Outside the Christian Artist Camp

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Charlie Bertsch discusses Sufjan Stevens:

Stevens sings as a Christian. At first, members of his audience brush this realization aside. They are among hipsters, after all. Most of the people in this room devote their Saturday and Sunday mornings to servicing hangovers, not attending services. If they do believe in a higher power, it is a belief locked deep inside them, like a memory of early childhood that only comes out when they are mad or frightened or stoned. But as the clues pile up—references to divinity, righteousness, Bible study, Emanuel—they become impossible to ignore.

That the impulse to look for hidden meanings should seem incompatible with Christian art is a sign, both of how far Fundamentalism has dumbed down the religion it claims to represent, and how much intellectuals’ defensive response to Fundamentalism has left them deaf to the spiritual traditions it distorts and suppresses. If Stevens does have an agenda, aside from making beautiful and moving art, it may be to wake his audience up to the dangers in that brand of mutual ignorance. Interviewed last summer by the Internet music site Pitchfork, he addressed the resistance that many people feel to the religious content of his work.

“I think an enlightened person is capable, on some level, of making the distinction between the institution of the culture and the culture itself. The institution of Christianity, the way that it’s set up, it’s institutionalized and commodified, and anytime that happens, anytime it’s incorporated, it leads to disaster.” He notes, “I have the same knee-jerk reaction to that kind of culture. Maybe I’m a little more empathetic to it because we have similar fundamental beliefs. But culturally and aesthetically, some of it is really embarrassing.”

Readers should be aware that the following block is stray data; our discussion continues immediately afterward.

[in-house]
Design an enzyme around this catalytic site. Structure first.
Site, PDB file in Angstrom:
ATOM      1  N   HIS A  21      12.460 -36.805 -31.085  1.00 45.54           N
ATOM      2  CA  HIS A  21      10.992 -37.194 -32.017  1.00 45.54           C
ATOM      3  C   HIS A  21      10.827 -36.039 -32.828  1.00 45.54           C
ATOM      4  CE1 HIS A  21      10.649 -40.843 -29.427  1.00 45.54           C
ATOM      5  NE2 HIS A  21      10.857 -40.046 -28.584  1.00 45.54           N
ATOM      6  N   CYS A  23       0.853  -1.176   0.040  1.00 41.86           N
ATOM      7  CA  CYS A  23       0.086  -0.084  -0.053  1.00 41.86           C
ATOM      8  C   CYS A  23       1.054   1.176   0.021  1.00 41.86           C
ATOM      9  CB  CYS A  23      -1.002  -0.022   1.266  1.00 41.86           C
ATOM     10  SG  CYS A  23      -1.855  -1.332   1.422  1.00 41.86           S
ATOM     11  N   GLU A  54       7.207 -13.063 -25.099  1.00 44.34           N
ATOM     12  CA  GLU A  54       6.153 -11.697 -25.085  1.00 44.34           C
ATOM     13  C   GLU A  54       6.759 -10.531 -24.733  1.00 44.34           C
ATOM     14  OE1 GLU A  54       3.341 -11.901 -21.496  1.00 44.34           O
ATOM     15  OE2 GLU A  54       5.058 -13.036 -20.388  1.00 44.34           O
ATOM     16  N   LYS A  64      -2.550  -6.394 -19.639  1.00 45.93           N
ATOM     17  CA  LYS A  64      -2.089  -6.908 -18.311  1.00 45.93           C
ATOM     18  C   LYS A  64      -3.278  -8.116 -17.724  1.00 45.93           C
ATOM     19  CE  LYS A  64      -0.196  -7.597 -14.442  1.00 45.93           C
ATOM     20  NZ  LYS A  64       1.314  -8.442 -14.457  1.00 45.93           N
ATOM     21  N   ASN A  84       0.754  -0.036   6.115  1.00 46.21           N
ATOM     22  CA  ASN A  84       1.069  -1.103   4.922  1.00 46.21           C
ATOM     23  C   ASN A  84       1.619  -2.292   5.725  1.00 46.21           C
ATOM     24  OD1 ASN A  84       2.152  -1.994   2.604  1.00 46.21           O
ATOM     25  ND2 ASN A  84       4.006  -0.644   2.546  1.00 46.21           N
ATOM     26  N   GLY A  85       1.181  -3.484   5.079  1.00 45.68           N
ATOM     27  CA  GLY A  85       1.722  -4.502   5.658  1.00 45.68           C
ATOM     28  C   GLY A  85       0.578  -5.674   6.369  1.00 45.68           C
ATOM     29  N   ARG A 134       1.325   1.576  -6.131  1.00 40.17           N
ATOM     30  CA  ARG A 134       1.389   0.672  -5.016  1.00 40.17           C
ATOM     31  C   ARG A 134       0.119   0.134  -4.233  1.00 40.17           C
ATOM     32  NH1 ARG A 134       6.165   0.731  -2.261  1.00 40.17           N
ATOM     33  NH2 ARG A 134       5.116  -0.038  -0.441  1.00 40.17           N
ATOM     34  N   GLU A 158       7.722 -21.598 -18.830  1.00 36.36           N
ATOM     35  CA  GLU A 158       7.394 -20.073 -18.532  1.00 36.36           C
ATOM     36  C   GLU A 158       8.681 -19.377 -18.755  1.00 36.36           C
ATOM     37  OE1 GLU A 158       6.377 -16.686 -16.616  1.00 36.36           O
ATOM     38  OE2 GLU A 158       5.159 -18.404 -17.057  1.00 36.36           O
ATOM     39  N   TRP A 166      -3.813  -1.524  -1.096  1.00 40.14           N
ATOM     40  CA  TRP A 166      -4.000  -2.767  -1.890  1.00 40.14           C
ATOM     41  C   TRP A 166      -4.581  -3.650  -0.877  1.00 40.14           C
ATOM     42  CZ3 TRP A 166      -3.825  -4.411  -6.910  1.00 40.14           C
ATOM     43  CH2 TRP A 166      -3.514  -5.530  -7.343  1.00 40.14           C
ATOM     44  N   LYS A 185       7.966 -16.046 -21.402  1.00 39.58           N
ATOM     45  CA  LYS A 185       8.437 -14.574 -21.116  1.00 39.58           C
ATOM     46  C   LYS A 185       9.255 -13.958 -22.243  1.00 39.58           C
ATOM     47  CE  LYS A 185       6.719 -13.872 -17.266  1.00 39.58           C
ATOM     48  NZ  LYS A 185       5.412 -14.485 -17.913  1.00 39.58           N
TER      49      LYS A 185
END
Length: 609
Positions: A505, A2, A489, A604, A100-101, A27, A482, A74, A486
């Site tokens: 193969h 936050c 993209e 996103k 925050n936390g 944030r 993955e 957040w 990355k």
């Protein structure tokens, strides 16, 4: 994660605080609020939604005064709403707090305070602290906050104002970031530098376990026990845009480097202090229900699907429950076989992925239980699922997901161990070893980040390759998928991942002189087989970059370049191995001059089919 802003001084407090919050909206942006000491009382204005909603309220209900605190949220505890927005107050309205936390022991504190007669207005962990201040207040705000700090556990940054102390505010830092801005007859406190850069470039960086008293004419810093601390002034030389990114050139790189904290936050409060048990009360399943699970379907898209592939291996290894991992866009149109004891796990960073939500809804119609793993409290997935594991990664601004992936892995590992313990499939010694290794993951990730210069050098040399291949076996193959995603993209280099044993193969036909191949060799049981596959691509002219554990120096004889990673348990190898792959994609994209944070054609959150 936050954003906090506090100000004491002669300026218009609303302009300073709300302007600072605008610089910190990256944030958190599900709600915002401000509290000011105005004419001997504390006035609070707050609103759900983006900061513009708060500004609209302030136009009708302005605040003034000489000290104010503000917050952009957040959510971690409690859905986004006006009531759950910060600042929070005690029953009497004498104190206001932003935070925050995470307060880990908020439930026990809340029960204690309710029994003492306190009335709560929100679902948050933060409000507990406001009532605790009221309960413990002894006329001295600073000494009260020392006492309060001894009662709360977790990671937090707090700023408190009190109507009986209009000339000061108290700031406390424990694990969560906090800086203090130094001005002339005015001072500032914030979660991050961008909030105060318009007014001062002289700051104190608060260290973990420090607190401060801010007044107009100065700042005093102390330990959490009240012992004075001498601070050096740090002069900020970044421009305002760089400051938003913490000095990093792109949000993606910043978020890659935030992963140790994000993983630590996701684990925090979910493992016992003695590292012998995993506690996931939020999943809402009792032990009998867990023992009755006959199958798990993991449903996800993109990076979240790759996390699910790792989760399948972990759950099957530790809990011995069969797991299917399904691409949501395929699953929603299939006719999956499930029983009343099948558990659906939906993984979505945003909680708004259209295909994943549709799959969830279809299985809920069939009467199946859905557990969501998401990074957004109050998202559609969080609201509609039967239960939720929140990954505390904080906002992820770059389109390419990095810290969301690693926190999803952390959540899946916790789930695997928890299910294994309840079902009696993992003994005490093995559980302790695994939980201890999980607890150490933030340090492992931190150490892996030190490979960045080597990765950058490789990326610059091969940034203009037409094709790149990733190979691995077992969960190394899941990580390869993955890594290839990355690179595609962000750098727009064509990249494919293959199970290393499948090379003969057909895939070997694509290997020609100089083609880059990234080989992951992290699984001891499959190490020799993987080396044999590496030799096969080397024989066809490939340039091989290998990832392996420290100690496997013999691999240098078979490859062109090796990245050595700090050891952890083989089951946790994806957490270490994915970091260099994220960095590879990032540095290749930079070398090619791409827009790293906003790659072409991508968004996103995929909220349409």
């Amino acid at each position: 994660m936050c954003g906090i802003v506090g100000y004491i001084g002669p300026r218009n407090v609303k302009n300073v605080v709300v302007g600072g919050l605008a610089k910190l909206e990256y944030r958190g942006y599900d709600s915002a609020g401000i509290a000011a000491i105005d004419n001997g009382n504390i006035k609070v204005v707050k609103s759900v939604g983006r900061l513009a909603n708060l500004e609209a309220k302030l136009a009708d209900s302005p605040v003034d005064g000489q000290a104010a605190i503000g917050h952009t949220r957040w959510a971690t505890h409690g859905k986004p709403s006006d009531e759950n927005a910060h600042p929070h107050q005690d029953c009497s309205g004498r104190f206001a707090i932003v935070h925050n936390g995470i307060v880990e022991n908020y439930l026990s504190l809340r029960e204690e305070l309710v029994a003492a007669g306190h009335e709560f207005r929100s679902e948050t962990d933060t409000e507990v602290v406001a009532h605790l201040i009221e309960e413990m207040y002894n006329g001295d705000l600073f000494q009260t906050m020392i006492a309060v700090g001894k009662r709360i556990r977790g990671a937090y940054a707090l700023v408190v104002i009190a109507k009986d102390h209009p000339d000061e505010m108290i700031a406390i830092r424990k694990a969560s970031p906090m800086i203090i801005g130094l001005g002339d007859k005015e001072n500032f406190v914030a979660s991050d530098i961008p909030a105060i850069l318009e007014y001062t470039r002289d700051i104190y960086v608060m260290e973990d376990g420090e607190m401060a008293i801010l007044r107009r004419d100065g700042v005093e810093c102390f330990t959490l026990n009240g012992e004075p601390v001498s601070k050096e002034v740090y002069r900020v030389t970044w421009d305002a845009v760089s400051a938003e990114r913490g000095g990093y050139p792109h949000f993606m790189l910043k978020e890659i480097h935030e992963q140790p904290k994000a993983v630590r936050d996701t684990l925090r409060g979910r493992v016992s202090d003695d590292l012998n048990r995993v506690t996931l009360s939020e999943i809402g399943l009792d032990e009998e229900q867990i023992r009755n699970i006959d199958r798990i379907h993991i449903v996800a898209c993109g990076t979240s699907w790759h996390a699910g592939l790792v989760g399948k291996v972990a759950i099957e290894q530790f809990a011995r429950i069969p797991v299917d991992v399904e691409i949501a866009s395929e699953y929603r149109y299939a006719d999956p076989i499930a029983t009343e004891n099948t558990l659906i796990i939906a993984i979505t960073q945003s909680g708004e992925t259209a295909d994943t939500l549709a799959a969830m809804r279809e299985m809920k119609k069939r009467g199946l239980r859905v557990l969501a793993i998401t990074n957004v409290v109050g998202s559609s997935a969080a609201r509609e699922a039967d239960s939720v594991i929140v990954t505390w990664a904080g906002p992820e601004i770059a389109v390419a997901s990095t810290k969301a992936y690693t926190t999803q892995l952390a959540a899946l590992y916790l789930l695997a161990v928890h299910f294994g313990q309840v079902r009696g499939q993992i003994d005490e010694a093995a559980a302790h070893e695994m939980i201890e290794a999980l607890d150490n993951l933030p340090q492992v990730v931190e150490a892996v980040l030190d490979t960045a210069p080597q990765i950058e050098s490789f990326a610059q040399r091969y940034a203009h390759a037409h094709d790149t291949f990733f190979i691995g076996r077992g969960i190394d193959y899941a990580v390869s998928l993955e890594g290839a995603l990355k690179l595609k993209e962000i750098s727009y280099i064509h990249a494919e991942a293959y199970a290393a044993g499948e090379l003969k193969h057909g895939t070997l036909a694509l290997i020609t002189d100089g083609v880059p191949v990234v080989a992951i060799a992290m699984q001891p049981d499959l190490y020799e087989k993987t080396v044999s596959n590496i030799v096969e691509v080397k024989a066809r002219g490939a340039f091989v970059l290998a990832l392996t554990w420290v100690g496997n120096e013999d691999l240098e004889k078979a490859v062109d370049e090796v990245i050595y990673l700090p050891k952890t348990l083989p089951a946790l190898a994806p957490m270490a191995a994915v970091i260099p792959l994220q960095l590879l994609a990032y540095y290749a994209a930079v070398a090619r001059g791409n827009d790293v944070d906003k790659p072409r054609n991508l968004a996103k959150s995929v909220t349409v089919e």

The real power of Stevens’s work, particularly in a live setting, is to take this embarrassment and turn it on its head, leaving the hipsters in his audience embarrassed at their own discomfort with religious conviction. In the process, he reveals their desire to remain non-committal as a reflex that retards both thinking and feeling. Commit to the music and you just may learn to commit to the spirituality that motivates it. It would surely be a lot more rewarding than
sleeping off hipster hangovers.

http://www.tikkun.org/magazine/tik0511/bertsch Charlie Bertsch(cbertsch@comcast.net) is an assistant professor of English at the University of Arizona, where he specializes in twentieth century American prose, cultural studies, and the history of aesthetics. He also teaches film.

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